Prof. Yair Bar-Haim, head of the National Center for Traumatic Stress and Resilience at Tel Aviv University, January 2024 (Courtesy of TAU)
Prof. Yair Bar-Haim, head of the National Center for Traumatic Stress and Resilience at Tel Aviv University, January 2024 (Courtesy of TAU)
Interview'PTSD lags behind treatment for other psychological disorders'

October 7 and war trauma will lead to at least 30,000 new cases of PTSD, expert says

Prof. Yair Bar-Haim, head of the National Center for Traumatic Stress and Resilience, warns mental health system unprepared to handle patient deluge, challenges will last decades

Renee Ghert-Zand is the health reporter and a feature writer for The Times of Israel.

Prof. Yair Bar-Haim, head of the National Center for Traumatic Stress and Resilience at Tel Aviv University, January 2024 (Courtesy of TAU)

Psychology experts predict that there will be 30,000 new cases of post-traumatic stress disorder (PTSD) among Israelis as a result of the current war with Hamas in Gaza.

“Thirty thousand is a conservative estimate. It all depends on how things unfold and whether [full-scale] war will also break out in the north,” said Prof. Yair Bar-Haim, head of the new National Center for Traumatic Stress and Resilience at Tel Aviv University.

The center is expected to house one of the largest PTSD clinics in the country.

PTSD is a difficult-to-treat mental health condition that is triggered by either experiencing or witnessing a terrifying event, such as the Hamas atrocities of October 7 or battles in Gaza. Symptoms of the disorder may include flashbacks, nightmares, severe anxiety, and uncontrollable thoughts about what happened.

While only about 10 percent of those who experience acute trauma go on to develop PTSD, the huge number of new cases in addition to the 60,000 existing ones will put a massive strain on Israel’s mental healthcare system.

“The system was already clogged before October 7. People had to wait nine months for an appointment with a psychologist in their health maintenance organization. The situation wasn’t much better if a person opted to go the private route, which has waiting lists and is expensive,” Bar-Haim said.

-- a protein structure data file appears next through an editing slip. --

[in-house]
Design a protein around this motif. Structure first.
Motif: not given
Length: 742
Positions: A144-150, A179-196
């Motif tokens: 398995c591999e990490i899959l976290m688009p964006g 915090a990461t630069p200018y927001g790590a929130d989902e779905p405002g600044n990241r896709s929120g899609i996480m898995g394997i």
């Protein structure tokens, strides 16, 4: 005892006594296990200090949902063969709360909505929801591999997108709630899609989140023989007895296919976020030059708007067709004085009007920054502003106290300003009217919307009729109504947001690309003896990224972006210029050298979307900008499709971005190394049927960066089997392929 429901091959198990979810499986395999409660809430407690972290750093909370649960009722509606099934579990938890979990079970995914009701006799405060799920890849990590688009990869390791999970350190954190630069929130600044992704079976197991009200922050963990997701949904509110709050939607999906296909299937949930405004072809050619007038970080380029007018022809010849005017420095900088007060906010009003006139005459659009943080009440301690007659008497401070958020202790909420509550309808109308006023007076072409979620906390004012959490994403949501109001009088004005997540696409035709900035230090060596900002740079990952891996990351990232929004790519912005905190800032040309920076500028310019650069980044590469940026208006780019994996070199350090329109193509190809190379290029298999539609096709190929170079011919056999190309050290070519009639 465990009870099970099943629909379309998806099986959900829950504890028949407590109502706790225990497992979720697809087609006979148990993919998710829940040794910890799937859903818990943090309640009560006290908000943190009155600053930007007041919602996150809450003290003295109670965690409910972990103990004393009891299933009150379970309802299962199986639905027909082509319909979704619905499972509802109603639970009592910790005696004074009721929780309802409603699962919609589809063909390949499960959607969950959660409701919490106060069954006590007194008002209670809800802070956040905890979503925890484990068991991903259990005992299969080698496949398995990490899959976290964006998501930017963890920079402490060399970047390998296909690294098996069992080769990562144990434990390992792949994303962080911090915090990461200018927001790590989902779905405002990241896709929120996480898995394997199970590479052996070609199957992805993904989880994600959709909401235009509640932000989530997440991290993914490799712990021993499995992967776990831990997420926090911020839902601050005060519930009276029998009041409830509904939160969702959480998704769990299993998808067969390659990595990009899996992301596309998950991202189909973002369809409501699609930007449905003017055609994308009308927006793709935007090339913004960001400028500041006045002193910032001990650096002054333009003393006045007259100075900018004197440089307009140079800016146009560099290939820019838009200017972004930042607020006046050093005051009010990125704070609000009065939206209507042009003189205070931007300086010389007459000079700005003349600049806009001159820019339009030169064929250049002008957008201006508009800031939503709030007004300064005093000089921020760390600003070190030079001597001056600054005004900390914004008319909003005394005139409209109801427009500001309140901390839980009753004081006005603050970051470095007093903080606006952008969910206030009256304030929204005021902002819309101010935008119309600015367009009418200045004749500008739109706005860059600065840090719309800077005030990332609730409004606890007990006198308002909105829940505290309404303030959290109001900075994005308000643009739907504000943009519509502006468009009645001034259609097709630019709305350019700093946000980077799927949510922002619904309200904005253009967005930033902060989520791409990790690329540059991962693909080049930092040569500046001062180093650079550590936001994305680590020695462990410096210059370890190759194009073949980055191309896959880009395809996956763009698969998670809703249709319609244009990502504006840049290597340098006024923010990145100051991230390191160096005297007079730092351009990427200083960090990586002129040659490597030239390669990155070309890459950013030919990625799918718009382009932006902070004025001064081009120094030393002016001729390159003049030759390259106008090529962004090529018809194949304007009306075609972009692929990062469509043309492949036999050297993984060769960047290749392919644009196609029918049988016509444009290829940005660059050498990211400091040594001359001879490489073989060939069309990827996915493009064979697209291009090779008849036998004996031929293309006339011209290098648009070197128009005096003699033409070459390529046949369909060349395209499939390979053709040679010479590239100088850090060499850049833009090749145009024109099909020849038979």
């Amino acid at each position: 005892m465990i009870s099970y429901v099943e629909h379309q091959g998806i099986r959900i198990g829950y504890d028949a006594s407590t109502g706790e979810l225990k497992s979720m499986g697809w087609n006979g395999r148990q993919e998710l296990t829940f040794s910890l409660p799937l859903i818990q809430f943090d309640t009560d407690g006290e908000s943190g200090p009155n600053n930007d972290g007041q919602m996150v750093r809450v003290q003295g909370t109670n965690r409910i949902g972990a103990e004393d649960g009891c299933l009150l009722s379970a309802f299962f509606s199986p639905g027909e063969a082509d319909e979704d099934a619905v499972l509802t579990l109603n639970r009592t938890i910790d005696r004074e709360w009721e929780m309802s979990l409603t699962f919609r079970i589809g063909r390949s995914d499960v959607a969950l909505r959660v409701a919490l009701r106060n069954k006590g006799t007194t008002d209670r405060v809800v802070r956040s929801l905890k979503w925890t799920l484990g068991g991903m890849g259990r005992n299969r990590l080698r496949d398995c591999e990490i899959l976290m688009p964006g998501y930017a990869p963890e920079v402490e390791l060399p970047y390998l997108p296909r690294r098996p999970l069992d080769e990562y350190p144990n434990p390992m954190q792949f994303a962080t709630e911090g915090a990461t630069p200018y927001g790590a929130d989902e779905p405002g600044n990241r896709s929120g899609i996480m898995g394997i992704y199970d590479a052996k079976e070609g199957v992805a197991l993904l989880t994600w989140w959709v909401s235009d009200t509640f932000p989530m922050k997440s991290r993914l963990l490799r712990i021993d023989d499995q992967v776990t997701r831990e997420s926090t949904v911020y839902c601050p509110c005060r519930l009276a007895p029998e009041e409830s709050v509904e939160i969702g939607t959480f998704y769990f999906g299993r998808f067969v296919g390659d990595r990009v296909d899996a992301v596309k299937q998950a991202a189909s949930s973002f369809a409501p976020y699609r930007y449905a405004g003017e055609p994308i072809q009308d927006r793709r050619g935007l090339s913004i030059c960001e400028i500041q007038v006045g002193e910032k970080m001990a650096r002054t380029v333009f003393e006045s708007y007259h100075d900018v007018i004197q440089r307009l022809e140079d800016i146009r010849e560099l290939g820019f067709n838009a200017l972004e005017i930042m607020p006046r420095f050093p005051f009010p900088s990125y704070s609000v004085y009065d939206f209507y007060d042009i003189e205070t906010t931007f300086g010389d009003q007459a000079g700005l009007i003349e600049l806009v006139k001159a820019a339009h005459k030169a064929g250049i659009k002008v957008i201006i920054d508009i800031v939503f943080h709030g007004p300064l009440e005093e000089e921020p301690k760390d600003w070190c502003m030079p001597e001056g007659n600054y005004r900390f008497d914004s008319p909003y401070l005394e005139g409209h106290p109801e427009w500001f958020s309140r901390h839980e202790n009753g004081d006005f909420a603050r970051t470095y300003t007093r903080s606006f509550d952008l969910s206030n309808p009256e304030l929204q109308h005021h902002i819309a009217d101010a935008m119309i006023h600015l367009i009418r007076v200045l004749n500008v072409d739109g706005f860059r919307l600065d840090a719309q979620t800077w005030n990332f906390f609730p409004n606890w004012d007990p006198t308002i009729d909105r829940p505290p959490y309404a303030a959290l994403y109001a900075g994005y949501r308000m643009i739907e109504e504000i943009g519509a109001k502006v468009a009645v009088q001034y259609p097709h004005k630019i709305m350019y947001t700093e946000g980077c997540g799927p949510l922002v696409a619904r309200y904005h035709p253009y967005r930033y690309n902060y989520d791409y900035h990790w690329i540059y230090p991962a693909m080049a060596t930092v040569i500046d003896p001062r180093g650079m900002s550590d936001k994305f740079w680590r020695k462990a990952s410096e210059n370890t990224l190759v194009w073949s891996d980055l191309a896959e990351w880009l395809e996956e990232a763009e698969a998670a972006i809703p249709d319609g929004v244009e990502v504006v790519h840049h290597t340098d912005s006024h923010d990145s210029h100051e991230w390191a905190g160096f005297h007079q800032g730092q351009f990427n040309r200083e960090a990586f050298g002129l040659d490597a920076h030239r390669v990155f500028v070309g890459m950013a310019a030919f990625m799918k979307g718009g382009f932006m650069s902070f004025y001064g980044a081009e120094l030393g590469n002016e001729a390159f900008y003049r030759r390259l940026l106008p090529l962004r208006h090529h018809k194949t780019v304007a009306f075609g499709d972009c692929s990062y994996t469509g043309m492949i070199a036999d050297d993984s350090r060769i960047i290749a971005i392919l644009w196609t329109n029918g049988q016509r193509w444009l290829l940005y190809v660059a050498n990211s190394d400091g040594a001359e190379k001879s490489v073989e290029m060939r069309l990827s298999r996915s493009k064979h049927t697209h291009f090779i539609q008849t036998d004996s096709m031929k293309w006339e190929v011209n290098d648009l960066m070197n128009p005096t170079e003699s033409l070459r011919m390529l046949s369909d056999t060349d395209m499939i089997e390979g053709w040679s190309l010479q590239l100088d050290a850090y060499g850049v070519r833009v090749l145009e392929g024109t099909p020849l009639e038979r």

In mid-January, the Health Ministry and Finance Ministry came to terms on an injection of NIS 1.4 billion ($386 million) for each of the coming two years to boost mental healthcare. It’s a start, but private funding will also have to be an important part of the equation, as it is in the creation of the new TAU center.

Illustrative: A man struggling with post-traumatic stress disorder (LightField Studios/

Bar-Haim, a TAU professor of psychology and neuroscience, said plans had been underway for eight years to establish the TAU National Center for Traumatic Stress and Resilience. A building for the center is under construction and slated to open its doors in early 2026.

“We’d been planning the center with the view that Israel would at one point have war, and that the PTSD issue is undertreated and there’s a lot to do about it. We secured several donations for the building,” Bar-Haim said.

“Then the war came. I realized that we should open [our] clinic early and gear it mostly towards treating the people who come back from the war, and civilians who were affected. There’s a huge need for this treatment.  The university provided us with alternative temporary space and strong financial backing so we were able to open on January 1,” he said.

In a recent conversation with The Times of Israel, Bar-Haim spoke about what differentiates the TAU center from other PTSD treatment facilities, the challenges in treating the disorder, and why people need to be careful about whom they seek help from.

Architect’s rendering of the Miriam and Moshe Shuster Building for the Center for Traumatic Stress and Resilience at Tel Aviv University expected to open in 2026. (Courtesy of Erez Shani Architecture)

The Times of Israel: Your center is not just a clinic. There is much more to it. Tell me about that.

Prof. Yair Bar-Haim: The center is built on four pillars. The first is clinical research on traumatic stress, resilience, and trauma-related psychopathology. This will include molecular-level research, neuroimaging, behavioral treatment development, and randomized controlled trials. The second pillar is a large clinic that serves the public and conducts research in conjunction with the research center. The third pillar is training for experienced professionals — psychologists, clinical social workers, and psychiatrists — who want to learn how to diagnose and treat PTSD. The fourth pillar is aiding policy and decision-makers so they have the information they need.

Who has been staffing the clinic since it opened on January 1?